Singer-songwriter Richard Cortez is exploring his identity as an artist through his latest collaborative effort, working with a team of talented queer creatives across a multitude of mediums.
Cortez, who turned down a production deal when asked to present as “straight” in 2004, has been releasing independent, openly queer music on his record label, Wollenberg Records, for the past 13 years.
But it’s his latest work — “The Welder & The Lark” — that is especially profound. Co-produced by Jordan Hall (Boy Radio), six original compositions subtly tackle themes of intimacy, monogamy, mental health, and heartbreak — all in less than 15 minutes.
With three music videos filmed and directed by cinematographer Philip Campbell, each starring dancer/choreographer Christian Denice, “The Welder & The Lark” is a multimedia experience curated by an entirely queer team — from music production and performance through album artwork and cinematography.
“Every single artist who contributed to this project makes their own work that inspires me regularly,” Cortez explains. “Cole Witter, Boy Radio, Philip Campbell, Kevin William Reed, Christian Denice, Erik Carter, Logan Sawtelle, and Nick Kask inspire me far beyond this work. Individually, they are all incredible and important.”
The final music video, “The Overture/Don’t Go, Not Yet.,” pairs the opening track of the EP and an overture composed by Witter that subtly marries melodies from each of the six songs from the project.
We had the opportunity to ask Cortez some questions about this work, and the experience of working with so many incredible queer talents to make it happen.
What is the story you're trying to tell with this work?
When you love someone the way I loved him, you want to erect a statue of them. You want to buy a plot of land somewhere and plant hundreds of spring bulbs that flower year after year in their name. The kind of love where you'd wash and fold their laundry.
In this work, I tried to fully realize and express a love that couldn't be because it was unrequited. What do you do with all the love you have for someone who doesn't love you the same way in return? Some people drown their sorrows in whiskey gingers, or "eat. pray. love." their way around the world -- I decided to spend every dollar I had on creating an infinite space where that love could live and be free.
I wrote a collection of songs about how deeply in love with him I was and hard it was to let him go. But that wasn't a grand enough gesture. So, I called upon all of my favorite artists, of all different mediums, to help elevate and expand that space. We've been collaborating as a team on this project for a year.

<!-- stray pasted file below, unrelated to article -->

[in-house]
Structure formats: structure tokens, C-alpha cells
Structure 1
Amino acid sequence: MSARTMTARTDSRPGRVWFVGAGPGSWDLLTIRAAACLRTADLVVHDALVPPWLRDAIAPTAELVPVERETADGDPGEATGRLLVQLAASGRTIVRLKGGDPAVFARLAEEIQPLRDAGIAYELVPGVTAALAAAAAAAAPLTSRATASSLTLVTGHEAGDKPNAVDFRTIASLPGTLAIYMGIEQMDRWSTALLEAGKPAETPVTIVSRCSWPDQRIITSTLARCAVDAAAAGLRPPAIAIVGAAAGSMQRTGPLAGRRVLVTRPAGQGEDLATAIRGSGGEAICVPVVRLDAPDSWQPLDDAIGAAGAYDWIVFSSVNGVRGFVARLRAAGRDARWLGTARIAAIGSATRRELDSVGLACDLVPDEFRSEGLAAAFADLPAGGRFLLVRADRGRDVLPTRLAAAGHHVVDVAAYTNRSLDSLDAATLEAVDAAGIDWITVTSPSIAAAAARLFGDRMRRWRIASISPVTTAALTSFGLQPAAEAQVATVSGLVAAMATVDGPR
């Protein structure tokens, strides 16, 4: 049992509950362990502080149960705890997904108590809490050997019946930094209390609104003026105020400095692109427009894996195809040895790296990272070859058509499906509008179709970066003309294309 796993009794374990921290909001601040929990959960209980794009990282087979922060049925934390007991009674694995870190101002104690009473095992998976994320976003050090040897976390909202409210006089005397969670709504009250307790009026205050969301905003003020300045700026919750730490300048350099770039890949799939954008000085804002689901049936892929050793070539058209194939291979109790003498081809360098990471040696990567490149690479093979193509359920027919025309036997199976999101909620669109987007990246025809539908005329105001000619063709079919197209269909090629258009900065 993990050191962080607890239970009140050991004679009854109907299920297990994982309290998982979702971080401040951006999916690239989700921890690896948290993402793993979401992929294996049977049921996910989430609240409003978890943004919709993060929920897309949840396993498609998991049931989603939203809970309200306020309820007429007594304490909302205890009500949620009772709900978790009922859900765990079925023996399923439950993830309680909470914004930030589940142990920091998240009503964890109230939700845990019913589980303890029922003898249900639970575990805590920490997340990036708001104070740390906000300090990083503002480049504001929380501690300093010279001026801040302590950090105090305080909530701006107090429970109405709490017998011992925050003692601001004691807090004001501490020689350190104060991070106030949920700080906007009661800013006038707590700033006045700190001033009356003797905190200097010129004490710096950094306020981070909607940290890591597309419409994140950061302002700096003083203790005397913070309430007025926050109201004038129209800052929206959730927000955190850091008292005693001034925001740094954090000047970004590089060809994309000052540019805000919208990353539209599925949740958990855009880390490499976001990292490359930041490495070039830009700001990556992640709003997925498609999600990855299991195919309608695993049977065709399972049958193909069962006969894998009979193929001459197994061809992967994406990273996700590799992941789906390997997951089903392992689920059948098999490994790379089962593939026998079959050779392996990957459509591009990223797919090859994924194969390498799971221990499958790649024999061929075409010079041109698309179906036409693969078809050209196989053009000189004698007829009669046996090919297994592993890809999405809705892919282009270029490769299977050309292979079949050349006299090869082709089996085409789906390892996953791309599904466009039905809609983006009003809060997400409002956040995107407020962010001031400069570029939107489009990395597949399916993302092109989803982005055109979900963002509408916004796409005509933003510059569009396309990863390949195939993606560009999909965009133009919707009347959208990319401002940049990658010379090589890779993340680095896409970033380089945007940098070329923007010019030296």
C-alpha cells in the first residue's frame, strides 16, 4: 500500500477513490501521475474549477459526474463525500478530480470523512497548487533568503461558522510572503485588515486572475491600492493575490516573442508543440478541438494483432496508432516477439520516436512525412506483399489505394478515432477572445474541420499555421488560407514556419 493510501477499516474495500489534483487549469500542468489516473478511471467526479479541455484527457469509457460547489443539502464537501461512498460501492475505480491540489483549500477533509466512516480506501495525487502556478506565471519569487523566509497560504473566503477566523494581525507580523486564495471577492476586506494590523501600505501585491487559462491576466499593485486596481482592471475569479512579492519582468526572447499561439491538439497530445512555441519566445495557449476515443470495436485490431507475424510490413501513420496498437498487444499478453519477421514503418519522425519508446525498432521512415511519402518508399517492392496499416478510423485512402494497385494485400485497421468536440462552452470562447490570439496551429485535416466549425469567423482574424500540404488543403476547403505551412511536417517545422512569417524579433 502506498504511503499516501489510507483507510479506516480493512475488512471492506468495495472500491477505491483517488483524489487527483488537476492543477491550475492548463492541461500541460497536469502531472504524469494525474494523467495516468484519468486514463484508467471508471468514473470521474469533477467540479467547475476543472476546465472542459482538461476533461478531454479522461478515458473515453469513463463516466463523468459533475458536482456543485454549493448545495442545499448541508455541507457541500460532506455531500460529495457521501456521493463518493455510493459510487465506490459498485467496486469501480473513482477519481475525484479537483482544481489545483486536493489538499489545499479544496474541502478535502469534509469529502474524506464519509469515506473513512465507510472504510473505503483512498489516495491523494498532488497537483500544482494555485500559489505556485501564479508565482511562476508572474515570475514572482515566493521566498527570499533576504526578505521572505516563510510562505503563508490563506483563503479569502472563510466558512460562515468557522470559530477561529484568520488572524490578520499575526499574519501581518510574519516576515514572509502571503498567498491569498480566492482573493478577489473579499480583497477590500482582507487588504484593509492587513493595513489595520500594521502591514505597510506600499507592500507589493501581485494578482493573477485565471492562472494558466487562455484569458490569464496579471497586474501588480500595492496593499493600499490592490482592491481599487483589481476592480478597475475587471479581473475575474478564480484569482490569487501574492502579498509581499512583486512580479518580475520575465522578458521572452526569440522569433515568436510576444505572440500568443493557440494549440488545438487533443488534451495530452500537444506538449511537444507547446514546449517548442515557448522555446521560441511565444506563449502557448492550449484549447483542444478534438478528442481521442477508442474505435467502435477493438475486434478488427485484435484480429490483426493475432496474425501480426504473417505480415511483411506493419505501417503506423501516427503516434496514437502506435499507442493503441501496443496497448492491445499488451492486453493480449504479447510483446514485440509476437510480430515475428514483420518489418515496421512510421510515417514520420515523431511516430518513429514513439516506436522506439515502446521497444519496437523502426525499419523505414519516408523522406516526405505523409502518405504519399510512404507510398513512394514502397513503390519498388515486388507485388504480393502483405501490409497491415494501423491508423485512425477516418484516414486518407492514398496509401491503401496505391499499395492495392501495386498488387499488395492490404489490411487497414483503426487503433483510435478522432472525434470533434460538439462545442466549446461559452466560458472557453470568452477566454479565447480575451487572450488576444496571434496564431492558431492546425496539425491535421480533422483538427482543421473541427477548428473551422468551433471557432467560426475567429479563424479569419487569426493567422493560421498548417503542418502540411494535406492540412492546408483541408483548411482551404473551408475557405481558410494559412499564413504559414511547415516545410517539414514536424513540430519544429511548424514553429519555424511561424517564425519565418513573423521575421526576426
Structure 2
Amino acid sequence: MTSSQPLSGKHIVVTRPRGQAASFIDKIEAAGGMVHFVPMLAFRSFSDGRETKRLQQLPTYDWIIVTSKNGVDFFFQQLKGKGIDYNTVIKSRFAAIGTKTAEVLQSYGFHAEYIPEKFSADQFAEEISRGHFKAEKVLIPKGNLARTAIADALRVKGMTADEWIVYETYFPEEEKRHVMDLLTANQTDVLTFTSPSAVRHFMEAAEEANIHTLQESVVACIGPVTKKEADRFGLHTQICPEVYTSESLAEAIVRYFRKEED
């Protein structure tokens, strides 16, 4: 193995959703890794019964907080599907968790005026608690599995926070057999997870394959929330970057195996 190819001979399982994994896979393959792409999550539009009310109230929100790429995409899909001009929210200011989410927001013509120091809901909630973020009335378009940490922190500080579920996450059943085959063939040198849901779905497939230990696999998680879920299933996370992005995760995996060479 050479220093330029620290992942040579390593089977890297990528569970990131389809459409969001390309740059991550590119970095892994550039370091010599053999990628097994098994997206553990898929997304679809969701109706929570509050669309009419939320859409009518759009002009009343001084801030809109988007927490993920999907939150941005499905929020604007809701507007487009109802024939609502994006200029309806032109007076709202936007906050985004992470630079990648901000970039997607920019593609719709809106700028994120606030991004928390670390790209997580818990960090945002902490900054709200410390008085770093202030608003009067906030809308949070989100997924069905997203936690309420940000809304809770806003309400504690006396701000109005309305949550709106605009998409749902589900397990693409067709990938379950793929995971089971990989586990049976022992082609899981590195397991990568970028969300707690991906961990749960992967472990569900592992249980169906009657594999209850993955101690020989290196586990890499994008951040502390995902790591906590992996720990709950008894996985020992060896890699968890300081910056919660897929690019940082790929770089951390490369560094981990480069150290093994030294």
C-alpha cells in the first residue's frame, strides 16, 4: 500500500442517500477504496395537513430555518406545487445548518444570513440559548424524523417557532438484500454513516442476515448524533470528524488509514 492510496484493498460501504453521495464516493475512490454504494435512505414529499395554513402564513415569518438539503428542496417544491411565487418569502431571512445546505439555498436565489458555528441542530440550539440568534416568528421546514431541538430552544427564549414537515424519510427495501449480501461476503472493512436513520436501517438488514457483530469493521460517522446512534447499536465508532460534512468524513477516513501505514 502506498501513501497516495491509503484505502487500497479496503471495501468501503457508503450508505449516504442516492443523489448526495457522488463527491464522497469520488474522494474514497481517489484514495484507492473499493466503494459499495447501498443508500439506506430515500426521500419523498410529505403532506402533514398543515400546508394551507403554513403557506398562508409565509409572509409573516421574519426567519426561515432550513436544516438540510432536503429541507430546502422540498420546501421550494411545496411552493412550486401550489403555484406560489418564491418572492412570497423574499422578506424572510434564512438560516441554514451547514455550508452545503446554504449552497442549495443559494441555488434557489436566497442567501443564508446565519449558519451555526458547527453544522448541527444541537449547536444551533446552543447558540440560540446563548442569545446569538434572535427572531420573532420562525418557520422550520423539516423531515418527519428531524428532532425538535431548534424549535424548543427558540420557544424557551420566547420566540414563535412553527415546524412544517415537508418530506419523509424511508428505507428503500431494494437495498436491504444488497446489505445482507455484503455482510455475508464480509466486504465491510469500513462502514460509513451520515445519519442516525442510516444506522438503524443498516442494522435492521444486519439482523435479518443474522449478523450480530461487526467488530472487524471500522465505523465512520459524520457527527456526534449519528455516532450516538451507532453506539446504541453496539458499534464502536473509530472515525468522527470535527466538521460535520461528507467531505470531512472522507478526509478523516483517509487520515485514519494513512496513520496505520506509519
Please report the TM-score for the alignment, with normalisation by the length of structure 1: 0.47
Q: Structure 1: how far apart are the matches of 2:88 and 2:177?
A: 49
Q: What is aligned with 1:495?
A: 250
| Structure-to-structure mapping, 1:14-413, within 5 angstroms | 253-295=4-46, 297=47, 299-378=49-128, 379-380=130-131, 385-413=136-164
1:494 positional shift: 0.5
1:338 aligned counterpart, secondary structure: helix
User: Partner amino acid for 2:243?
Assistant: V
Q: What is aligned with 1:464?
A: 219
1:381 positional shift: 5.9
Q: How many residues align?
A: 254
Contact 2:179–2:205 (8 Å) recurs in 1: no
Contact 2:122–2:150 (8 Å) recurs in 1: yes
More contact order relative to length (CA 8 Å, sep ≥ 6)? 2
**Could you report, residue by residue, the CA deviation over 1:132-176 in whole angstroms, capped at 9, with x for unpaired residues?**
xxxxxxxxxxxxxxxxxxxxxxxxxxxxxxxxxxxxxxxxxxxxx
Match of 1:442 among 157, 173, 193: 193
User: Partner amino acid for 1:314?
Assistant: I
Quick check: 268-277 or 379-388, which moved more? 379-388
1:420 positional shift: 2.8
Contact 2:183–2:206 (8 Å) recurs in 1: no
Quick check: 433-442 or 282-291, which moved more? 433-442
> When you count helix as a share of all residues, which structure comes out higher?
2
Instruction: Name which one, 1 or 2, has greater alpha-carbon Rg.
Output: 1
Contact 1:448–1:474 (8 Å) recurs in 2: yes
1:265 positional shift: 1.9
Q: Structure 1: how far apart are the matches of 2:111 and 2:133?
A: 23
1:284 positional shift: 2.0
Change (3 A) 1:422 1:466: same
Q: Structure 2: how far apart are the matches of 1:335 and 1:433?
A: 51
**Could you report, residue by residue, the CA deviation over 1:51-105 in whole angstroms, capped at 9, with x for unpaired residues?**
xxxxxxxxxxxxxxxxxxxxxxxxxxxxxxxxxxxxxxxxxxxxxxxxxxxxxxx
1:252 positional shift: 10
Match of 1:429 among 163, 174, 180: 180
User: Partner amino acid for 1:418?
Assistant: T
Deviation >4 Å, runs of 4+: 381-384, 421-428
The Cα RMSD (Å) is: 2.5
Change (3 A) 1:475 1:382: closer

I never got to tell him I loved him, so I'm telling the world.
What does this work say about gay male identity in 2018?
I think queer people are taking ownership of their bodies and their experiences, more so now than ever. I would never presume to say that my work says something about gay identity as a whole. I believe culture, race, age, location, gender expression, experience and many other elements factor into the very complex and beautiful privilege of what it is to be gay in 2018. These songs tell the story of a broken heart through the various art forms of a diverse group of gay men. I am humbled and grateful to have worked with them and I hope our voice and shared experience, collectively, tells an informed, relatable story that fosters healing and release for anyone.
This project is a huge collaborative effort of many queer artists who work across various mediums. What are some of the challenges to this collaboration, and what are some of the benefits?
I walked into this project with only one rule: let these artists create their work, the best way they know how, without getting in their way. I gave as little direction as possible while still honoring my vision. I wanted to support and incorporate the people who's work I admired, and see what they created with my songs being the spine of this larger body of work.
The only challenges I did face, ultimately became opportunities for growth. One of them being learning to continually trust and let go, allowing the true heart of collaboration to be the driving force of the project.
I feel my work has been elevated in ways I never could have manifested on my own. This project exceeded my own expectations of these songs when I wrote them.
What have you learned about yourself as an artist through this process?
Overall, it was healing process, both artistically and spiritually. I learned to take my time. I learned to let my heart break without punishing myself for it. I learned that I don't have to be suffering to make relevant and impactful work. I learned a lot about trust and acceptance in collaboration. I learned to take bigger risks, both creatively and financially, as an independent artist. But more than any of that, I learned that loving the process of creation will always generate a beautiful outcome. I would do every moment of this all over again with this team any time.
Now that this group of creatives has been assembled, what's next for the collective?
I have no doubt this collective will continue to expand, make work together, and inspire each other. “The Welder & the Lark” is only the beginning. I plan to work with every single one of these artists again.
To pre-order "The Welder & The Lark," head here.